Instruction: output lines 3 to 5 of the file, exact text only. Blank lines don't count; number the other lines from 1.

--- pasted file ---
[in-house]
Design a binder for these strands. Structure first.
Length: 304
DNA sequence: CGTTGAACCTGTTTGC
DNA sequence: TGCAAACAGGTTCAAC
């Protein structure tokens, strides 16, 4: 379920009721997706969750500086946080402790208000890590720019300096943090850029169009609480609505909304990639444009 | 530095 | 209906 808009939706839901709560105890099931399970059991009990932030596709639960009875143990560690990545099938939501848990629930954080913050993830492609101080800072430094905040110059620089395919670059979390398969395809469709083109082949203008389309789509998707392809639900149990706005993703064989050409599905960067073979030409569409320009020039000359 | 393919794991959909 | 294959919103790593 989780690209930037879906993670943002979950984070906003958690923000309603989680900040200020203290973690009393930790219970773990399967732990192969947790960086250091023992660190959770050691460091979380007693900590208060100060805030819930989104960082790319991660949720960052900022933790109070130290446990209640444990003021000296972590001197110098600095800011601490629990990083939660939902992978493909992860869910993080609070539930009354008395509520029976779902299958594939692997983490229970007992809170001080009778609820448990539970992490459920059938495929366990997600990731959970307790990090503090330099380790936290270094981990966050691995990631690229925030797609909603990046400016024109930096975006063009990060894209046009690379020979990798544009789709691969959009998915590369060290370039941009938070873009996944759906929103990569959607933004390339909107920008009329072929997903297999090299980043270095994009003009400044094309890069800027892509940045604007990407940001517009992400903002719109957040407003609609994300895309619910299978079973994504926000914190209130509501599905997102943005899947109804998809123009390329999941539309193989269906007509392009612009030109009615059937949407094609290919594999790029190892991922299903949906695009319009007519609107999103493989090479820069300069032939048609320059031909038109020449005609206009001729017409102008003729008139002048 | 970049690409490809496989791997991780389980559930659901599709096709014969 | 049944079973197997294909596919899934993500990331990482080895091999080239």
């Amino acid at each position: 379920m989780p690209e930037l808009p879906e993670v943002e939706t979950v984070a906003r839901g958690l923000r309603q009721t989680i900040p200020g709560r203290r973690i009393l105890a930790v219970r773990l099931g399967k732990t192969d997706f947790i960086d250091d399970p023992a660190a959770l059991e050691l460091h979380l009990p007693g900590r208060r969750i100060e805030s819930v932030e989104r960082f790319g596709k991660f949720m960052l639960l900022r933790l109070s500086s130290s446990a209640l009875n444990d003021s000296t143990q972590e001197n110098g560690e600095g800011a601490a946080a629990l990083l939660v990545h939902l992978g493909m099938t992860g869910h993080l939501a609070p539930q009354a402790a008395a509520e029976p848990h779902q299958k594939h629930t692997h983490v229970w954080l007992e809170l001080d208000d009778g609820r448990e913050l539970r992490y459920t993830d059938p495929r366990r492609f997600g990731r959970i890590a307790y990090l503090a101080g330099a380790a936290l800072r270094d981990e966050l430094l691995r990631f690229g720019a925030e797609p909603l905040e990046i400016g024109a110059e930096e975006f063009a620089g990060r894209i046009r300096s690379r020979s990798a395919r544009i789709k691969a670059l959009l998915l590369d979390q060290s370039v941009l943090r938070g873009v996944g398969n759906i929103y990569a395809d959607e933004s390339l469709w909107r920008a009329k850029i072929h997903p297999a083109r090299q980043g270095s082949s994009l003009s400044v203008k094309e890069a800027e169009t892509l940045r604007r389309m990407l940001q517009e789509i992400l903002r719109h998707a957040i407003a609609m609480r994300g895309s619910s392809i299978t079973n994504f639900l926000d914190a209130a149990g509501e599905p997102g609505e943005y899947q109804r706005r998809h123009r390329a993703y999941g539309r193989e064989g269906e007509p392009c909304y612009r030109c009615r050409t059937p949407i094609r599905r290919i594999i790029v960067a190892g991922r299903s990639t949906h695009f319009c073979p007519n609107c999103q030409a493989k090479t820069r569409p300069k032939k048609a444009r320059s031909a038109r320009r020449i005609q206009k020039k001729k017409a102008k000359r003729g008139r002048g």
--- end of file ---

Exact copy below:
Length: 304
DNA sequence: CGTTGAACCTGTTTGC
DNA sequence: TGCAAACAGGTTCAAC